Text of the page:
There’s A Flag Problem In Cochran, Georgia

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Some folks in Cochran, Georgia are having a flag problem. No one, as best as I know, is walking on it. No one is burning it. All that the Cochran city council wanted to do was raise it up the pole. And now, to avoid a big controversy, they’ve decided to take it down.

But it’s not the American flag that’s causing all of the trouble.

It’s the Christian flag.

You know the Christian flag, right? That’s what Moses was carrying when he led the Israelites out of Egypt. No wait. That’s not right. It’s what David planted in the ground right next to Goliath’s dead body. No, that’s not right either. In reality, the Christian flag is what church kids say a pledge to every year during Vacation Bible School.

I was a church kid. Growing up, I was very familiar with the Christian flag. And now that I’m a pastor, I hear kids at my church saying a pledge to it every summer at Vacation Bible School. So it would only make sense for me, a pastor, to side with the many Internet commenters who are saying that the Cochran city council has lost it’s collective mind and is now officially, “working for the evil one.”

But I’m not.

I’m glad that the Christian flag is down.

Don’t get me wrong. I’m not one of those who thinks that one’s faith should be kept private. A private faith is no faith at all. But I am one of those who believes that we don’t need a flag to live out our faith in Christ.

Here’s what I think that Jesus would say about the Christian flag flying over the Cochran city hall, or anywhere else for that matter.

“A new commandment I give to you, that you love one another: just as I have loved you, you also are to love one another. By this all people will know that you are my disciples, if you have love for one another.” John 13:34-35 (ESV)

So there you have it. No flags needed. Just love each other with the love of Christ. That doesn’t mean that we have to agree on everything like the tolerance police tell us to do. Jesus certainly disagreed with people (Matthew 23). And it doesn’t mean that we should stop talking about sin. Jesus had a lot of confrontational things to say about sin to sinners (John 4:16-18).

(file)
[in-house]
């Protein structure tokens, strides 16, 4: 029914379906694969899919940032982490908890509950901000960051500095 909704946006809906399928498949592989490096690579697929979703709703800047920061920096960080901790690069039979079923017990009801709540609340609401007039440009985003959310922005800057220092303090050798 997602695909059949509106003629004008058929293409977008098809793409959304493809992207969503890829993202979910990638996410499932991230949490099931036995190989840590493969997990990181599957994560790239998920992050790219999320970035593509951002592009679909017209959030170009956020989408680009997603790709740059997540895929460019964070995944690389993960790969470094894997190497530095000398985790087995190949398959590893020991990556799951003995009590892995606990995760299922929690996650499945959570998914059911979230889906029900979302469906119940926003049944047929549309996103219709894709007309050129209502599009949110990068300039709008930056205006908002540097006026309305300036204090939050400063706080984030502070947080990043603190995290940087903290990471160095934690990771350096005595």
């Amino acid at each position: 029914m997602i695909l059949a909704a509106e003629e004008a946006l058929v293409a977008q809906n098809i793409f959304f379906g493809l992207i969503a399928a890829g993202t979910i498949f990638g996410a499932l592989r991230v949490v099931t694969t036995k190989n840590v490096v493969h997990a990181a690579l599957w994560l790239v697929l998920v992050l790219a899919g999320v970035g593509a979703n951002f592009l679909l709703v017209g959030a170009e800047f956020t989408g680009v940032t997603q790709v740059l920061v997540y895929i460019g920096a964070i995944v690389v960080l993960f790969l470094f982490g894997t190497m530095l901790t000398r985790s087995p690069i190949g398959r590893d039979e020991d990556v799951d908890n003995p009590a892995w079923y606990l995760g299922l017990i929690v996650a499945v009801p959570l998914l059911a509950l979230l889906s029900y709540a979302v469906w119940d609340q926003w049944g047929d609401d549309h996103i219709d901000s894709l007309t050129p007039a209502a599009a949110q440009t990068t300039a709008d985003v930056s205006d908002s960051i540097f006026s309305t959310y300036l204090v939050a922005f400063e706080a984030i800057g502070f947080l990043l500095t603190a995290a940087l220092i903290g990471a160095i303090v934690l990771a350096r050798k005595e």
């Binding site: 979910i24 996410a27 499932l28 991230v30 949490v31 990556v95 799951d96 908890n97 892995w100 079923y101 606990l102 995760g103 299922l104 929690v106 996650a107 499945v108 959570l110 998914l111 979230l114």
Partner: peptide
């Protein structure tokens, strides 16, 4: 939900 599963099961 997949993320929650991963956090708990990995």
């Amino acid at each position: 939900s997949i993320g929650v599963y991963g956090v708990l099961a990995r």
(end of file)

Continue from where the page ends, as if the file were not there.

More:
It just means that love should be our motive.

Not resurrecting some bygone era of American Christianity.

Not sticking it to the ACLU.

It is possible to raise the Christian flag outside of a government building or even your church or home and still miss the very gospel that some say the flag represents. Anyone can raise a flag. But only a child of God can genuinely love as Jesus did.

In the end, the flags we waved and the cultural wars we fought won’t really matter if love wasn’t the motive. The world will look at our most passionate expressions of religion and hear only noisy gongs and clanging cymbals if we are not loving as Christ told us to.

It is that love, not a flag or a t-shirt or a bracelet, that will point others to Jesus.

So who cares what happens to the Christian flag?

What really matters is what happens to your Christ-like love. Unlike any flag, the love of Christ cannot be put on display only to be taken down at the end of each day. Genuine Christian love is a continual thing. We’ll never be perfect with it but, by God’s grace and the power of the Holy Spirit, we’ll try to be.

The light of Christ does not shine through a flag.

It shines through a people (Matthew 5:14-16).

And that light shines brightest when we love like Jesus did.

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